|Code that's tedious to write, but must be
changed easily, can often be accommodated with a table-driven
- Code is most easily written "ad-hoc".
- There's often a structural aspect that is constant even though
the details change.
- Ad-hoc code is bulky because it repeats the "constant"
Language grammars undergo numerous small but important changes
during compiler development.
Make the program be table-driven. Define the parts that change and
put them in a table. Write a small routine that uses the table to
know what to do. (In effect, this is an interpreter, where the
table is the language to be interpreted.)
The table may be static, or linked in at runtime, or read from a
file or network, etc. It's often beneficial if it is separate from
the interpreting routine, so you can change the table without
affecting the code.
- Many language processing tools use this strategy: lex, yacc,
and others. The grammar is stored in the table.
- Resource bundles in Motif, Java, etc. Rather than hard-coding
parameters, they're stored in a file read at the beginning of
- State machines are often implemented as a table and an
This is a classic space-time tradeoff.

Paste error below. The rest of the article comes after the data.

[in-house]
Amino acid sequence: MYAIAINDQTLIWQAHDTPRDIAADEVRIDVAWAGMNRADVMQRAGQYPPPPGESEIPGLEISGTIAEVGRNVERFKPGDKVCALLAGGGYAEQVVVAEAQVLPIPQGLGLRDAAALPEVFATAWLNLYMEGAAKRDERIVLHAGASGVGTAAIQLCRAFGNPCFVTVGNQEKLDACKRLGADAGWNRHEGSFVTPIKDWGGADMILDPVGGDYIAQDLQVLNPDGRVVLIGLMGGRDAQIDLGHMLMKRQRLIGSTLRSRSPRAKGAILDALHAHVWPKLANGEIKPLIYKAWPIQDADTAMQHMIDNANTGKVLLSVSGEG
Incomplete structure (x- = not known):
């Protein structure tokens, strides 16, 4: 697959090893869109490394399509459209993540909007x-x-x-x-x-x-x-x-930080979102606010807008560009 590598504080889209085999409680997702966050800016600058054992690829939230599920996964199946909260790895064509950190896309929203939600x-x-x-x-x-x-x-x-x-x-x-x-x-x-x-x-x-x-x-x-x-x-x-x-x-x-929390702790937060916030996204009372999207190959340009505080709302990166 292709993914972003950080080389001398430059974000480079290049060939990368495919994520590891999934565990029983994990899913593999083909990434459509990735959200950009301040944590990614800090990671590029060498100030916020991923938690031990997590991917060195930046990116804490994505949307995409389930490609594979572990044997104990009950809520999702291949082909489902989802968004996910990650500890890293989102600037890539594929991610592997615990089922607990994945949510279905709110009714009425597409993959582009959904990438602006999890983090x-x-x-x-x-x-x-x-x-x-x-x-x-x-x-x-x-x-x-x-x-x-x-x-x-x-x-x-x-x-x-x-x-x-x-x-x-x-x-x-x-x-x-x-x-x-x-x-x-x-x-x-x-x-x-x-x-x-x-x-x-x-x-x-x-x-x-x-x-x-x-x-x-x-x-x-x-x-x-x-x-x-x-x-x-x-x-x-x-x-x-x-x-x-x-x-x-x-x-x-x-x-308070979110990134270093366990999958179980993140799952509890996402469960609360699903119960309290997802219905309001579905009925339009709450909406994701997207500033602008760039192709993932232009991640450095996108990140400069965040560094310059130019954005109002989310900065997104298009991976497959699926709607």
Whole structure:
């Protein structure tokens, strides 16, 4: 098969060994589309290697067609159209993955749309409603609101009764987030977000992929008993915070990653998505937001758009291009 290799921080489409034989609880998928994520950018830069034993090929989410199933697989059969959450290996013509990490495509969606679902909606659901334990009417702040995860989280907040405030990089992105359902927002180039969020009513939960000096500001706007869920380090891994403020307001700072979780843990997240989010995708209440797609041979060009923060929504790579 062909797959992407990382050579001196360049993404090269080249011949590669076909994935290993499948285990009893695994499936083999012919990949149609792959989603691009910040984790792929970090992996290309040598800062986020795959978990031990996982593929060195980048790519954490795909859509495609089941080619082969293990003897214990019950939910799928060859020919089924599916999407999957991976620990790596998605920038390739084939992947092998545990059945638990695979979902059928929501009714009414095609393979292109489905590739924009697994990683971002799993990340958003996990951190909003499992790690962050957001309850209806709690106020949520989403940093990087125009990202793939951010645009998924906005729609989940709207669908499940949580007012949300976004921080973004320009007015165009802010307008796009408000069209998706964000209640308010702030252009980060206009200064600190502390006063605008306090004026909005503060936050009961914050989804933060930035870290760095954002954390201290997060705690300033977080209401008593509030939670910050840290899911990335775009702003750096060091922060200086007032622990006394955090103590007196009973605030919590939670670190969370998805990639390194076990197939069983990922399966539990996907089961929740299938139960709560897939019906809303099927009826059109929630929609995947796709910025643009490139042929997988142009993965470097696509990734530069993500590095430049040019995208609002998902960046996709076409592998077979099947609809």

- It may run faster. The interpreting routine may be small
enough to stay in the code cache, with high locality of (I-space)
reference. The original code may be so spread out that it runs
slower because of cache issues.
- It may run slower (and often will). Interpretation adds
an overhead (managing indexes into tables) that is done implicitly
by the program counter in straight-line code.
- There is sometimes less opportunity for optimization. While it
may be easier to optimize the interpreting routine than it would
the straight-line code, it is hard to take advantage of patterns
across multiple rows. Straight-line code appends these together
directly, so the compiler can know the exact surrounding
- It can make structure explicit. For example, the state of the
parse is fairly complex when implemented as code - error recovery
can be hard to implement because it is hard to jump around in code,
while tables may have auxiliary information that will help in
As another example, in recursive descent parsing (which uses
mutually recursive routines to match a string against a grammar),
the call stack is an implicit part of the state; it must contain
addresses, etc. In the table-driven form, the stack may be
explicit. It will carry a potentially smaller amount of information
(eg., table indexes rather than subroutine addresses).